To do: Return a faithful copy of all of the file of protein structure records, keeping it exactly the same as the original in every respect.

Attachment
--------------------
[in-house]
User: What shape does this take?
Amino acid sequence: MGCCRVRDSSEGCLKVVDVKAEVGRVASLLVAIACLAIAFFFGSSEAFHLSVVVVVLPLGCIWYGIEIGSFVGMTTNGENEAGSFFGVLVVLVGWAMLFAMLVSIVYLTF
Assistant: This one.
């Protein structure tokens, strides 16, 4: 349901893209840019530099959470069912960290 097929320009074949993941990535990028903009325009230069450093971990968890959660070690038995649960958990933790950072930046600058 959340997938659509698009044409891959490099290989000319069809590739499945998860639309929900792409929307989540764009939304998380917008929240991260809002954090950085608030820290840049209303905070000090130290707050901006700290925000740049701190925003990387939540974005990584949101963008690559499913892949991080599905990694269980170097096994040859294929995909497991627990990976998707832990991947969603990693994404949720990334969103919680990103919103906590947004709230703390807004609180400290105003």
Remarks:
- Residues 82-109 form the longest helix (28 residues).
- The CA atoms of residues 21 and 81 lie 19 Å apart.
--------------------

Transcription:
[in-house]
User: What shape does this take?
Amino acid sequence: MGCCRVRDSSEGCLKVVDVKAEVGRVASLLVAIACLAIAFFFGSSEAFHLSVVVVVLPLGCIWYGIEIGSFVGMTTNGENEAGSFFGVLVVLVGWAMLFAMLVSIVYLTF
Assistant: This one.
């Protein structure tokens, strides 16, 4: 349901893209840019530099959470069912960290 097929320009074949993941990535990028903009325009230069450093971990968890959660070690038995649960958990933790950072930046600058 959340997938659509698009044409891959490099290989000319069809590739499945998860639309929900792409929307989540764009939304998380917008929240991260809002954090950085608030820290840049209303905070000090130290707050901006700290925000740049701190925003990387939540974005990584949101963008690559499913892949991080599905990694269980170097096994040859294929995909497991627990990976998707832990991947969603990693994404949720990334969103919680990103919103906590947004709230703390807004609180400290105003």
Remarks:
- Residues 82-109 form the longest helix (28 residues).
- The CA atoms of residues 21 and 81 lie 19 Å apart.